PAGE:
Mitchell Hora thrives on the collaborative aspects of agriculture. As a farmer, agronomist and owner of Continuum Ag, a precision farming-focused consulting business in Washintgon, Iowa, this time of year, Hora is accustomed to close contact customer interaction, setting up field trials and scouting at clinics across the country.
But with the postponement or cancellation of spring events, and more stringent intra-state travel rules, Hora has had to modify his calendar to include more virtual engagement and business management.
“The business has 9 employees, spread out in Des Moines, Colorado, California and Tennessee, so we’re all accustomed to working remote and from that standpoint, it’s been more or less business as usual,” Hora says. “The biggest disruption or challenge caused by the pandemic has been to my schedule in terms of attending or speaking at events.”
The week of April 6, Hora drove to Memphis, Tenn., to participate in some pilot projects in conjunction with AgLaunch, a nonprofit organization that assists ag start-up companies through its Accelerator program. While Iowa is one of 5 states that don’t have a “safer-at-home” rule in place, Tennessee does.
“I made the trip to evaluate traditional soil sampling techniques compared to our company’s RightWay program,” he says. “While we were able to get the trials set-up, we also wanted to make sure everyone stayed safe, so I stayed in the fields and didn’t spend time with farmers. I’ll be hoping to do that now sometime this summer.”
Even if the face-to-face, in-field interactions are delayed, Hora says supply and demand for products and services hasn’t been disrupted from his perspective. He’s seeing increased interest from farmers in biological additives, starter fertilizer products and says the pandemic has increased awareness on the ag production supply chain and opportunity for companies.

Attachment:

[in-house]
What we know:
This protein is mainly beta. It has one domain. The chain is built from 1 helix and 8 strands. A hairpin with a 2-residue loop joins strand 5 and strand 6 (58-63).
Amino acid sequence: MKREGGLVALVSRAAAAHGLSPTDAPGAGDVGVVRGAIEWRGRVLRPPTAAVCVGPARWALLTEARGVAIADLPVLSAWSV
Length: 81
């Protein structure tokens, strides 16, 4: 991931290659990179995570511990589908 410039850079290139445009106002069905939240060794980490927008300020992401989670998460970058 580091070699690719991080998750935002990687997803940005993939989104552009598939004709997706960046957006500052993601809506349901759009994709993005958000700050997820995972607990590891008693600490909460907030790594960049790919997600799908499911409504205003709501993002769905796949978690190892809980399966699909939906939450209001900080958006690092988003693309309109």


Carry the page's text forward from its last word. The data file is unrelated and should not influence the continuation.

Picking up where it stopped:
Hora is also not seeing any scaling back of company participation in field research trials. “Companies we’re working with, it’s still full throttle in terms of wanting to spend some money on research, marketing and sales,” Hora says. “You hear about chemical shipments being held up in port, but I’ve not seen that translate to a product shortage or price increases. Maybe it’s coming, but for the most part, farmers have their inputs lined up already.”
Hora was on a call with a bio-stimulant supplier in Puerto Rico which had ceased production for a couple of days, and also has a new trial bio-stimulant product supposed to arrive from India, but it’s currently held up in the country.
“The thing is, those products are applied in-furrow, and we’ve had customers who are already planting, so we need those delivered for trials we’re doing,” he says. “Being smaller, start-up companies, they may not have the same protocols in place as larger organizations, so it’s taking a little longer to adjust.”
On the family’s 800-acre no-till operation, Hora says they are adjusting as well, and his father is finding comfort amid the chaos in preparing for spring planting. They are also enjoying a surplus of labor, with two of Hora’s sisters and only brother back home.
“We’ve got all kinds of help on the farm, and they’ve been out fixing terraces in the field and getting the planter ready,” Hora says. “For our business, with high school and college campuses closed, I’ve got my high school intern and summer college intern already working for me, earlier than usual, which has been nice.”